I’ve really been gotten on the crunchy bandwagon this year – buying high quality grassfed meats, organic produce, paraben-free beauty products, and swapping out plastic food storage containers for glass ones. Up until recently, I was skeptical about the evidence that these choices really make a difference for your health.
The main reason I’ve been so skeptical about these kinds of products is that the scientific evidence that the amount of chemicals present in our day-to-day products directly causes worse health outcomes tends to come from poorly done statistical analyses. Frankly, I know too much about how these things can go wrong to believe the numbers they report. They often rely heavily on parametric modeling assumptions that are rarely satisfied.
I looked at two studies of pesticides and fertility recently. My instinct was to rip them apart. And yet, I couldn’t help believing their qualitative results. I want to dig into the reasons for this and to provide some thoughts on what kinds of studies and reporting would be done in an ideal world.
The studies: pesticides and infertility
The first study I read was about semen quality. 155 men at a fertility clinic were given dietary surveys and asked to give semen samples. They analyzed semen quality in a number of ways and correlated that with the amount of pesticides consumed. The authors found a nonlinear dose-response effect: more typically-pesticide-heavy foods in diet was associated with lower sperm counts and other infertility outcomes. That sounds like a plausible finding to me, however…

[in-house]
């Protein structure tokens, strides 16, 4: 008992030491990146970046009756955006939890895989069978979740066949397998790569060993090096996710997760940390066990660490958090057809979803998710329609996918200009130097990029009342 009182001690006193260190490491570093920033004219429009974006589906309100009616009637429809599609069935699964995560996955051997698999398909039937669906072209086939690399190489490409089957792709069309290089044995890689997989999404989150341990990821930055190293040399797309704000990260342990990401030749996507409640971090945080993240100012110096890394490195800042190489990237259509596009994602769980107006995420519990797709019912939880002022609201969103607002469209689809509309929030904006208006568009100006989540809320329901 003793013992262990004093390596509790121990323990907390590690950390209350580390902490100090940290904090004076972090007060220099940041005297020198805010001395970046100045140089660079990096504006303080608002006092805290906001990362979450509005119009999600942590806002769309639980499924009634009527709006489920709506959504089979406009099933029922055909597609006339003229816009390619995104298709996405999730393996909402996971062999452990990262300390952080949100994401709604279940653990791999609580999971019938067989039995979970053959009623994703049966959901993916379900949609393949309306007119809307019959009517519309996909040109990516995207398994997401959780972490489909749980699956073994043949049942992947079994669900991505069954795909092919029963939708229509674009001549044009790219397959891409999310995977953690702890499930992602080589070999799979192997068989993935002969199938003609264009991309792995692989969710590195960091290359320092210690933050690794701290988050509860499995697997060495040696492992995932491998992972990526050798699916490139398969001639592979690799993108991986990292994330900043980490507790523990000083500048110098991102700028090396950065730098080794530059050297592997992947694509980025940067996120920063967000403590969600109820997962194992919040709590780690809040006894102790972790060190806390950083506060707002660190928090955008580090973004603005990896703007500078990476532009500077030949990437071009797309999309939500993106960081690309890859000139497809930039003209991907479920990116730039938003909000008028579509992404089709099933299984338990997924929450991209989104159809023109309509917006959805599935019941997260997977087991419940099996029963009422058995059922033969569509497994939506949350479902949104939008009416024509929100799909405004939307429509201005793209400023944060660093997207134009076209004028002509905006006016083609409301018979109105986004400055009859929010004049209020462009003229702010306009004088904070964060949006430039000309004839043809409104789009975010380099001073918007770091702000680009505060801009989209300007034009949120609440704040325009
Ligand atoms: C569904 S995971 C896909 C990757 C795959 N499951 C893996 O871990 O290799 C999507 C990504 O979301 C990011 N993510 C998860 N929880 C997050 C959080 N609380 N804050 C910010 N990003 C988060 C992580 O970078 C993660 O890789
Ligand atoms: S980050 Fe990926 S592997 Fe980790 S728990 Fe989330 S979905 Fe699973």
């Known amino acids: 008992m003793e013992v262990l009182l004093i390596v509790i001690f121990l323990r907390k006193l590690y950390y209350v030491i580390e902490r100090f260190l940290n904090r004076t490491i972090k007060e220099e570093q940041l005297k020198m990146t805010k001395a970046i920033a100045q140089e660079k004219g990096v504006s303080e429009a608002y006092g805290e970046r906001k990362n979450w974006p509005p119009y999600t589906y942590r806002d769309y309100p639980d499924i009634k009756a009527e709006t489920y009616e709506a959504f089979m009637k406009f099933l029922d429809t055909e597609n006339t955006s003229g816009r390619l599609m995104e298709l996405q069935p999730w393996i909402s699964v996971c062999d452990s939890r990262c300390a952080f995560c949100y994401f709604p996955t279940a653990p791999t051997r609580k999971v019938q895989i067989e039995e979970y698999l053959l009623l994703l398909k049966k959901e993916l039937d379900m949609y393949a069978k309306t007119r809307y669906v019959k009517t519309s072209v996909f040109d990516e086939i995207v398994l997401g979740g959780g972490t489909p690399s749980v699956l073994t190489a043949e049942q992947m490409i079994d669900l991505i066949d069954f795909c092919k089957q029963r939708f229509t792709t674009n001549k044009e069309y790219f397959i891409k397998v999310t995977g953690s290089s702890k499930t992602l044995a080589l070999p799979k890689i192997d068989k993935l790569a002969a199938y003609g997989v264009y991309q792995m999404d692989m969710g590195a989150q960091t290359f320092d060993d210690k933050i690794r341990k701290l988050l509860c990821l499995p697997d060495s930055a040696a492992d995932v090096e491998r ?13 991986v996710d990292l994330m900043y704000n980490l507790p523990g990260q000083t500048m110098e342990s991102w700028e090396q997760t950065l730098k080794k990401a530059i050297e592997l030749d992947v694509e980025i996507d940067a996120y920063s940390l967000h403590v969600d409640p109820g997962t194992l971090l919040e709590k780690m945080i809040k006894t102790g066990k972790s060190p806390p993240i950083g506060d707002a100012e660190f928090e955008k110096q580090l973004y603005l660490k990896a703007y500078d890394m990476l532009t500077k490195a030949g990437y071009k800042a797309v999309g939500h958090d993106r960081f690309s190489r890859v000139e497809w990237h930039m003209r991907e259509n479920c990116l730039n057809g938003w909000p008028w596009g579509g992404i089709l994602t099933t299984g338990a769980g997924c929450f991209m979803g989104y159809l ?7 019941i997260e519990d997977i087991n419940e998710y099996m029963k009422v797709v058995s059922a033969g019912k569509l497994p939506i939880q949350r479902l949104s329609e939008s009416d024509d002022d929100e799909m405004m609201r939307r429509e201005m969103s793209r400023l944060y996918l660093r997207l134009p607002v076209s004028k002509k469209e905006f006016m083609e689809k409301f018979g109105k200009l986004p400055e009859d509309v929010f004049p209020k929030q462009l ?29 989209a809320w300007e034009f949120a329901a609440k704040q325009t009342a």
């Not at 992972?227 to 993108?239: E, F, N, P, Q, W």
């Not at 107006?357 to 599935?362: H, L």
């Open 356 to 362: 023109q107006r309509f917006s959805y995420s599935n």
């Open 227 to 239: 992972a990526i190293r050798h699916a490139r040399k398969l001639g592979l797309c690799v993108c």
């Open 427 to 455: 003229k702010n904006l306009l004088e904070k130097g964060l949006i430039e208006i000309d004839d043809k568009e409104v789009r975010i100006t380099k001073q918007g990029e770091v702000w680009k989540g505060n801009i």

They used a single 24-hour dietary recall to determine what fruits and vegetables each man ate in a day. They assumed this was representative of their past and future diet. The authors took several USDA pesticide measures for various fruits and vegetables and aggregated them into a single score for each food item. Then they dichotomized the produce into “high pesticide” and “low-to-moderate pesticide” foods. This is pretty crude. They checked robustness by moving the threshold be called “high pesticide” up and down, but this still assumes that the underlying pesticide consumption score is valid.
Fruits and vegetables with a total score greater than or equal to 4 (i.e. at least one of three measurements was in the third tertile) were considered to be high pesticide residue foods while fruits and vegetables with a total score <4 were considered low-to-moderate pesticide residue foods. Based on these criteria 14 fruits and vegetables were categorized as high pesticide residue produce, and 21 as low-to-moderate pesticide produce.
Their Supplementary Table 1 lists the produce categories and their scores. The highest scoring are celery, strawberries, bell peppers, and spinach while the lowest include peas, grapefruit, dried prunes, and onions. There’s one strange thing in the list that sticks out to me: cooked spinach is a different entry from raw spinach. That’s because they mapped “cooked spinach” in peoples’ dietary surveys to “frozen spinach” in the pesticide data list. But using frozen spinach isn’t the only way to cook it! I imagine there’s a lot of noise in the way they map food frequency questionaires to the pesticide data.
Not externally valid